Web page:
“We’ve done Ocean City Comic Con down in Maryland for the past two years,” Slomkowski says, “and they do a big show down there, so in preparation for that, we worked with a stunt choreographer… And we’ve taken those choreographies that we worked months putting together, and we’ve broken it down to kind of a simpler version that we’re now teaching everyone in our Temple.” The house choreography—or “choreo”—is appropriately called “The Kessel Run,” which is also the name of a feat of space navigation Han Solo pulled off in the Millennium Falcon. The newer choreo in progress is called “Flight of the Falcon,” which, Slomkowski explains, pits “a Sith versus a Jedi, so it is a little bit more aggressive. More acting.” It has pauses built-in so the duelists can taunt each other, taking a cue from every climactic lightsaber duel in the Star Wars saga. If you can work a one-handed cartwheel into the choreo, as Slomkowski has done, all the better.

Slomkowski already had a martial arts background when she joined Kessel Temple in 2018. As a choreographer, she has imported ideas from studying vintage kung fu movies on YouTube. “I feel like our Temple… has its own distinctive style versus maybe another Saber Guild Temple,” Slomkowski says, “just because… is what I’m comfortable with and that’s the style that I’m teaching.” The Temple reawakened her childhood love for Star Wars, leading to a search for choreo inspiration from deep inside the cinematic universe. A Kessel Temple favorite is a duel from an episode of The Clone Wars, for which the actor and martial artist Ray Park provided motion-capture for a Sith he had already played in one of the movies. (His Darth Maul had been defeated by Obi Wan Kenobi in The Phantom Menace, but in Star Wars, falling down a ventilation shaft is a practical guarantee that you’ll be back, even if you’ve been halved.)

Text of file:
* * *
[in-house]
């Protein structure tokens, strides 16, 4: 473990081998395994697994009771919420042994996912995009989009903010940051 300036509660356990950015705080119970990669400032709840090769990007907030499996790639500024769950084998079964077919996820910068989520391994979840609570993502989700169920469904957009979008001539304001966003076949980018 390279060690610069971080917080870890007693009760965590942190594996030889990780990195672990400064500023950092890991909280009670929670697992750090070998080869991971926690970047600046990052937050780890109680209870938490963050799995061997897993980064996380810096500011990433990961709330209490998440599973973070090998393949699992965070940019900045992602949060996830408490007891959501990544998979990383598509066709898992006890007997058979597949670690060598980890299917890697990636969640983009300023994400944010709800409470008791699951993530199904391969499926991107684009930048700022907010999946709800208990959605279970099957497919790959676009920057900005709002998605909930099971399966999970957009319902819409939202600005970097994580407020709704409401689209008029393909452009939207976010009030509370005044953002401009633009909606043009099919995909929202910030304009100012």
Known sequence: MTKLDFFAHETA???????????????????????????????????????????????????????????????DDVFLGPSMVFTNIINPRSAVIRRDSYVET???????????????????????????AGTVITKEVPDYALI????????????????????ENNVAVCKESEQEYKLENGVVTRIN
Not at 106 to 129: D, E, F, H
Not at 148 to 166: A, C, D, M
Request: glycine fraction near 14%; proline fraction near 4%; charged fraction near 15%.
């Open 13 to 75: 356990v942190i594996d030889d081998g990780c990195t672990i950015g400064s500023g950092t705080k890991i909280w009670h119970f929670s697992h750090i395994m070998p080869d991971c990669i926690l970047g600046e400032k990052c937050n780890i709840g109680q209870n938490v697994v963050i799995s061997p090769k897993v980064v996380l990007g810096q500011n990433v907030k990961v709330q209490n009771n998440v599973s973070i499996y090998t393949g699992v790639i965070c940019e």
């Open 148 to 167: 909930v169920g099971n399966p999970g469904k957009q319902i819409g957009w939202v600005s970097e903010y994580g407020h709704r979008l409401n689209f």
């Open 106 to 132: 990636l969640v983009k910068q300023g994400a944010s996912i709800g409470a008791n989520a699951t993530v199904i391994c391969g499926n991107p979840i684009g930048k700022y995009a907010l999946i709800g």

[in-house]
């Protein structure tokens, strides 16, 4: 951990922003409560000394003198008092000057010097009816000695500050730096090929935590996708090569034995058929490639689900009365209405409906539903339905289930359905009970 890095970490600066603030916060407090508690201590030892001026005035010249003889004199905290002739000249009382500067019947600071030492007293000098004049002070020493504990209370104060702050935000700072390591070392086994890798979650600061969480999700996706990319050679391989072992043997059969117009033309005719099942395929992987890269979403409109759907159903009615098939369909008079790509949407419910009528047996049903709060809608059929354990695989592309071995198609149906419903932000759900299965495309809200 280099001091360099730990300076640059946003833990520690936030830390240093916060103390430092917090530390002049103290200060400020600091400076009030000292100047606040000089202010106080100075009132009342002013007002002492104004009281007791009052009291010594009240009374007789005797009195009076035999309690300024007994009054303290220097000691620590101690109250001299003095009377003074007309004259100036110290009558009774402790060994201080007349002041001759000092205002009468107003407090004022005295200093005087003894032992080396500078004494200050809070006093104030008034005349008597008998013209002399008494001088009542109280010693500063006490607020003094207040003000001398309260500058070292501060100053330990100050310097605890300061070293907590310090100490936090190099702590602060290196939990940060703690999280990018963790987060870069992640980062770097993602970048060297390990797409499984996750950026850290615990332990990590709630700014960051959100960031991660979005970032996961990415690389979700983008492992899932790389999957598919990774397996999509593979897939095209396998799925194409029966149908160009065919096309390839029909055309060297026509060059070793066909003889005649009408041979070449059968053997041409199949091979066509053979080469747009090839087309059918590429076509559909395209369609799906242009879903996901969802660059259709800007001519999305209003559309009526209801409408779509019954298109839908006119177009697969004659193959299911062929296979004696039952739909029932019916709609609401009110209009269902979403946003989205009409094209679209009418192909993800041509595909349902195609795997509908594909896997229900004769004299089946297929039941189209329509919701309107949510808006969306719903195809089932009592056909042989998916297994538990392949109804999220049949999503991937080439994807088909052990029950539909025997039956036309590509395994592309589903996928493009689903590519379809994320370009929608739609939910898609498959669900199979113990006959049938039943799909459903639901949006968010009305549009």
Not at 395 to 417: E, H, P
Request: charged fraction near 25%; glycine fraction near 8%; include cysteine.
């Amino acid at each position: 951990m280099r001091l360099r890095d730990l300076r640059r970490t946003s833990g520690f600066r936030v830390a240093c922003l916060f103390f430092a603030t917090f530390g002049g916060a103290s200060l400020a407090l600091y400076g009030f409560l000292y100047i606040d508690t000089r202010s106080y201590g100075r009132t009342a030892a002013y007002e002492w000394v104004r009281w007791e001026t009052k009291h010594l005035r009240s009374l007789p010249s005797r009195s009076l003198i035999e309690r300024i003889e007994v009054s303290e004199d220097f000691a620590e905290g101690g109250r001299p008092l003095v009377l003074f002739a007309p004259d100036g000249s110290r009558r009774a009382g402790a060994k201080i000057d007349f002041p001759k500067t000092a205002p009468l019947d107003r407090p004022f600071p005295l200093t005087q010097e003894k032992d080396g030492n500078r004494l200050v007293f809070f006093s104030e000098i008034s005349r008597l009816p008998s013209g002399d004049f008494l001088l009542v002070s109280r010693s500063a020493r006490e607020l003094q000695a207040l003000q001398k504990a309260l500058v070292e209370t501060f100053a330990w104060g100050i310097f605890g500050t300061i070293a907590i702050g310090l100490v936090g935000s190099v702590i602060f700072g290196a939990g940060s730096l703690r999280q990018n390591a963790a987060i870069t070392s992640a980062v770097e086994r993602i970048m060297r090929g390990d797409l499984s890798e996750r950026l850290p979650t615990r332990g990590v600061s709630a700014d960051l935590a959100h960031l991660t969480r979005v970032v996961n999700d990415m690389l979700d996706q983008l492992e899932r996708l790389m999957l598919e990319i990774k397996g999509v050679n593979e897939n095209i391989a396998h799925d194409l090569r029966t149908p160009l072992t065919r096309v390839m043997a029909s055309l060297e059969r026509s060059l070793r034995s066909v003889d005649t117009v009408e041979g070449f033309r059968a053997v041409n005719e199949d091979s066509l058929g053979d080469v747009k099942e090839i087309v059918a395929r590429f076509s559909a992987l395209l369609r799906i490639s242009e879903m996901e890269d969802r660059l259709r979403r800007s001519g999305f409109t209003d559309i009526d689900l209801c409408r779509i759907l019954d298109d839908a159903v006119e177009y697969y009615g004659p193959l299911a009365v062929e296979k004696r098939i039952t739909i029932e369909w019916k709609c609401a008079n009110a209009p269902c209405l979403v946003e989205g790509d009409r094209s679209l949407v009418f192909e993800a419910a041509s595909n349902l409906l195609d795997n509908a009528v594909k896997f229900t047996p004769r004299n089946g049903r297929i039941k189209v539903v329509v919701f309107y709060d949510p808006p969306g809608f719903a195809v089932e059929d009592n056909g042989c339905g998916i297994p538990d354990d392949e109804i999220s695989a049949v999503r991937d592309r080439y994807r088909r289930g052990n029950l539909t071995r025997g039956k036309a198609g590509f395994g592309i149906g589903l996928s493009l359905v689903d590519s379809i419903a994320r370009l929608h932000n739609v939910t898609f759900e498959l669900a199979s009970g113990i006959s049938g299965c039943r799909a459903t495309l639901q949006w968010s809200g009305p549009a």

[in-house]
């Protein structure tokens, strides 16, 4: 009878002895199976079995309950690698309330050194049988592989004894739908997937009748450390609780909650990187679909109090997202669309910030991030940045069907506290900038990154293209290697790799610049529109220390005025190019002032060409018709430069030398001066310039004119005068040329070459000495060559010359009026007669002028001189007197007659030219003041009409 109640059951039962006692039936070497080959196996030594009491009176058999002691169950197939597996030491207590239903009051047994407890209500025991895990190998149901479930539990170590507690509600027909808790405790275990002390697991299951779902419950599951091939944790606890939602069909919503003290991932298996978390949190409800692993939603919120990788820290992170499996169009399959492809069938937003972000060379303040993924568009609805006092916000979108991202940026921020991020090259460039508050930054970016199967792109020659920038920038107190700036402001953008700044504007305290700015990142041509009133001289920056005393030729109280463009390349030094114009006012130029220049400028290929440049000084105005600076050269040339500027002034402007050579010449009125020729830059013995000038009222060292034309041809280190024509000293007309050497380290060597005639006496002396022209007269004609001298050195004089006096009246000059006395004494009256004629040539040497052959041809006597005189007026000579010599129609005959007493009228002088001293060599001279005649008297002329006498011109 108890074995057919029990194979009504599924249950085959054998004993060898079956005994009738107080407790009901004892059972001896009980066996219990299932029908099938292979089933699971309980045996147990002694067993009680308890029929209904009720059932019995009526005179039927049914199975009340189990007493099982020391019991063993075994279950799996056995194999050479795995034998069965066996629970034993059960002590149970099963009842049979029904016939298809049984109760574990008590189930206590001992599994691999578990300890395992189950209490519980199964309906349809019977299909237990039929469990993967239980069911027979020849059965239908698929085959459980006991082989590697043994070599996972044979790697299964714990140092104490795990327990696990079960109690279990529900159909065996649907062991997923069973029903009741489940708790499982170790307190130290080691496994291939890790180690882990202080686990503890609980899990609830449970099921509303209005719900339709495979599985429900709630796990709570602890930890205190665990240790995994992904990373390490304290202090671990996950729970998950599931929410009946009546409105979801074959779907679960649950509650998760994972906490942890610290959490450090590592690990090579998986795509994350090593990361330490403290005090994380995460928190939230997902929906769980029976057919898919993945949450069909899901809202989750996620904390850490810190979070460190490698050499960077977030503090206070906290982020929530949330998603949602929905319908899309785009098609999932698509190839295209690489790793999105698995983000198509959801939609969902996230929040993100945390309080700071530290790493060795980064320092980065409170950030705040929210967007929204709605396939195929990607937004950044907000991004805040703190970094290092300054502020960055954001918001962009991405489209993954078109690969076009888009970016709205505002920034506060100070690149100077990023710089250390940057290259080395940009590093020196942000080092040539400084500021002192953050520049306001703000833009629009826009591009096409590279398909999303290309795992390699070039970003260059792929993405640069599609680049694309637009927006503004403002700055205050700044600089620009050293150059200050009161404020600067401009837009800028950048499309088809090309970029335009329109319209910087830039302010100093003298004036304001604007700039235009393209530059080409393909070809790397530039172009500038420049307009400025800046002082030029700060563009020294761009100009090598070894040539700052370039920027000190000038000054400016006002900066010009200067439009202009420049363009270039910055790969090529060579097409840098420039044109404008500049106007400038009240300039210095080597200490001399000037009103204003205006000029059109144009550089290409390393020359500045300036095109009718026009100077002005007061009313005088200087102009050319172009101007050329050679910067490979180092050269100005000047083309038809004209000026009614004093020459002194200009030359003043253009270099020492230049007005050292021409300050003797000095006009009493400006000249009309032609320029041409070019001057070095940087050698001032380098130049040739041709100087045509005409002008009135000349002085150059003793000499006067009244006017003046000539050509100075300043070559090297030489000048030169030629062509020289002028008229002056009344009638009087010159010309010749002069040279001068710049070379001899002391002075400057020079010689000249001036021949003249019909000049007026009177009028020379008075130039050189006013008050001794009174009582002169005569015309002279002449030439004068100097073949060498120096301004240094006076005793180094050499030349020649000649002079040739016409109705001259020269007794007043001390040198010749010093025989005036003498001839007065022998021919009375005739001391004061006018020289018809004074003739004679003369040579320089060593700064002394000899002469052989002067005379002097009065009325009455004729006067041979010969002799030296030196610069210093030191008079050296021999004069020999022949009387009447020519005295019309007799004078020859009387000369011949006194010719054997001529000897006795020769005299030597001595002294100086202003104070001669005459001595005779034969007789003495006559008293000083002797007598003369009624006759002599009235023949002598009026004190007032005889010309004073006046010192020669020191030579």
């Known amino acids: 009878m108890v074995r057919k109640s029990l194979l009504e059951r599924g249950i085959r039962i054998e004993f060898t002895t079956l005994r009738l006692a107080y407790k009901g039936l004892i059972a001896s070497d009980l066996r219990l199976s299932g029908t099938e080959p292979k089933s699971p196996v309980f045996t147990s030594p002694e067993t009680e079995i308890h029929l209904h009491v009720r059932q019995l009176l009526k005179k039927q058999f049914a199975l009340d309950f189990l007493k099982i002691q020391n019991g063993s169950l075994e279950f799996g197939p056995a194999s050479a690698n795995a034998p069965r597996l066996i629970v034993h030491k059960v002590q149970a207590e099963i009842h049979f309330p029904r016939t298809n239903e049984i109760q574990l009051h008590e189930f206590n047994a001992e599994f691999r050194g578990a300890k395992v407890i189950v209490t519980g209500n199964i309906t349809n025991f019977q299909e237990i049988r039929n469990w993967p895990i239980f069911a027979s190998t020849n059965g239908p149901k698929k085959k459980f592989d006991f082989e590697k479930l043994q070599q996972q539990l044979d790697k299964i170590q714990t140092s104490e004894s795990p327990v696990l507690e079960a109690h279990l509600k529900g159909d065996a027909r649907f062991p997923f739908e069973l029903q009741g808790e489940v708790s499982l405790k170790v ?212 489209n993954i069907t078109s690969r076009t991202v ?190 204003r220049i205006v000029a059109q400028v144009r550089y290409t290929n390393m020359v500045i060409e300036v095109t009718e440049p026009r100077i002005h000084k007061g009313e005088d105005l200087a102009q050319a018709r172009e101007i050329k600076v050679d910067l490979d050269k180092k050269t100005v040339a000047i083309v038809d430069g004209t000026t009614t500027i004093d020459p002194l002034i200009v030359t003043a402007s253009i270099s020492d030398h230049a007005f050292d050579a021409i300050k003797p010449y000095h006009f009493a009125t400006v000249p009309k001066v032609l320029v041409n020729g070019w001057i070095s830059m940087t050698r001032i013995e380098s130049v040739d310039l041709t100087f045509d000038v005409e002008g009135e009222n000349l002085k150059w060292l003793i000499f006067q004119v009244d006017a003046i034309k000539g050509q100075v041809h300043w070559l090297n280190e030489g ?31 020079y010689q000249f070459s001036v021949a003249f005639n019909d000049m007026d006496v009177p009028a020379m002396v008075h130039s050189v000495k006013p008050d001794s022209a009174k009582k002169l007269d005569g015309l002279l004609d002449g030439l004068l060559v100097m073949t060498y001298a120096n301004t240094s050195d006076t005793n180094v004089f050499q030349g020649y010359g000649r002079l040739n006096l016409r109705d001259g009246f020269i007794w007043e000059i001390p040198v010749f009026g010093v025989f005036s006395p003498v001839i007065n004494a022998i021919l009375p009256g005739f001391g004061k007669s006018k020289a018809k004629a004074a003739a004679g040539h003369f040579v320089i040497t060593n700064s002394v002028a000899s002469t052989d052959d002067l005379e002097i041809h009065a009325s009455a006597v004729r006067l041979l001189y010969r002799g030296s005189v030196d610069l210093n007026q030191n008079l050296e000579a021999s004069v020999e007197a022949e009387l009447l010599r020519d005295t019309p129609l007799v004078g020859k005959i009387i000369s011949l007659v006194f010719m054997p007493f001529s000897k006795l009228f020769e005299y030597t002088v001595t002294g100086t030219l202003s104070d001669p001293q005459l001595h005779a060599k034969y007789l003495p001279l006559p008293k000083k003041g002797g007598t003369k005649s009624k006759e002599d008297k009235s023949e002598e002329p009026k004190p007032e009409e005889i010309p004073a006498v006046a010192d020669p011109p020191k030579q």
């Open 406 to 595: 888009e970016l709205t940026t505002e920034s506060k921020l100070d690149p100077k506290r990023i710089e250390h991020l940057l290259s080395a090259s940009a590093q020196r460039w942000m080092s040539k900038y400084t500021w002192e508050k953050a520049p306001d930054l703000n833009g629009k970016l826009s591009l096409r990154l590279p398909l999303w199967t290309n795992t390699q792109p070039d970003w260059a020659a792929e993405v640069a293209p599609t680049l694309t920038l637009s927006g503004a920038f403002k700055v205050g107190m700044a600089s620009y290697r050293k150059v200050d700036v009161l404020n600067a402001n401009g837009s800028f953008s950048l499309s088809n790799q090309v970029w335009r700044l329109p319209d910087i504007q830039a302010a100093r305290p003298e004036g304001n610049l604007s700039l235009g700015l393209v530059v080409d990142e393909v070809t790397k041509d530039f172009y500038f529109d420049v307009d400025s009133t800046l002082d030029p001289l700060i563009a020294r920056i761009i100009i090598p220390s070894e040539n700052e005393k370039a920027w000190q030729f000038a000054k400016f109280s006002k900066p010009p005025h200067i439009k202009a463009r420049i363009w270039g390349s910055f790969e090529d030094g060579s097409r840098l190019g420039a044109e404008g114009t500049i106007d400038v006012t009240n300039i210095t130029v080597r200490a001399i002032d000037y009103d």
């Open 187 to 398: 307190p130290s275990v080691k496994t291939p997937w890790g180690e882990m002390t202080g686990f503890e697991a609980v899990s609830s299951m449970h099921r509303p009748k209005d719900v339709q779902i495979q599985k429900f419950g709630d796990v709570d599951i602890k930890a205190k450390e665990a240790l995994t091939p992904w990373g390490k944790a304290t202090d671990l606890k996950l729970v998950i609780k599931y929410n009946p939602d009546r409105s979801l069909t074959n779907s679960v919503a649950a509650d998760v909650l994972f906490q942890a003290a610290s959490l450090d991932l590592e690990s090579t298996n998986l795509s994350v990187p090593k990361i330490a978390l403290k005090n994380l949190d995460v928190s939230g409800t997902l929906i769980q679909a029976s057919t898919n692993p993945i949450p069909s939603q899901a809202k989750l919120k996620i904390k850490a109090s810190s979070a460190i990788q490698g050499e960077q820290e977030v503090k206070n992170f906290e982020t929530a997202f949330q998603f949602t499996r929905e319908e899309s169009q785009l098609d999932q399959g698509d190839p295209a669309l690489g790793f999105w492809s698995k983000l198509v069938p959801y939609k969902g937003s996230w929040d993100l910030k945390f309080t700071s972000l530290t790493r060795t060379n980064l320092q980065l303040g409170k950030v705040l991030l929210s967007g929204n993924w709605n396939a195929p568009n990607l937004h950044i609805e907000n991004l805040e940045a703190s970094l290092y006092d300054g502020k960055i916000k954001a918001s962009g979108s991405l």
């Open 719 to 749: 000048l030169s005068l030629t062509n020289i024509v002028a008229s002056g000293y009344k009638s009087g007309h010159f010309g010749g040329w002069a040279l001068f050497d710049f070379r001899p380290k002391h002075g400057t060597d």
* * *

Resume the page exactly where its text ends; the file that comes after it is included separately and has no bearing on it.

Kessel Temple performances can have the plottedness of Star Wars episodes, too. The group recently performed a half-time show at a Connecticut Sun basketball game, and it was a production. “So the story was that the Sith were after the Holocron”—a kind of flash drive containing secret Jedi knowledge—”and the Jedi were trying to keep the Holocron away from them,” Slomkowski explains. “And in that endeavor, Rey gets captured… by Kylo Ren.” Kessel temple members actually pre-shot this introduction with cameras and a script for broadcast on the arena’s jumbotron. “The big melee… we had on court. That was Kylo Ren versus Rey, then we had two Sith fighting three Jedi. We actually involved the mascot too. He was the one holding the Holocron and keeping it safe from the Sith.” The mascot, a shaggy orange bear-like creature named Blaze, would have been indistinguishable from the comic relief character in any Star Wars story.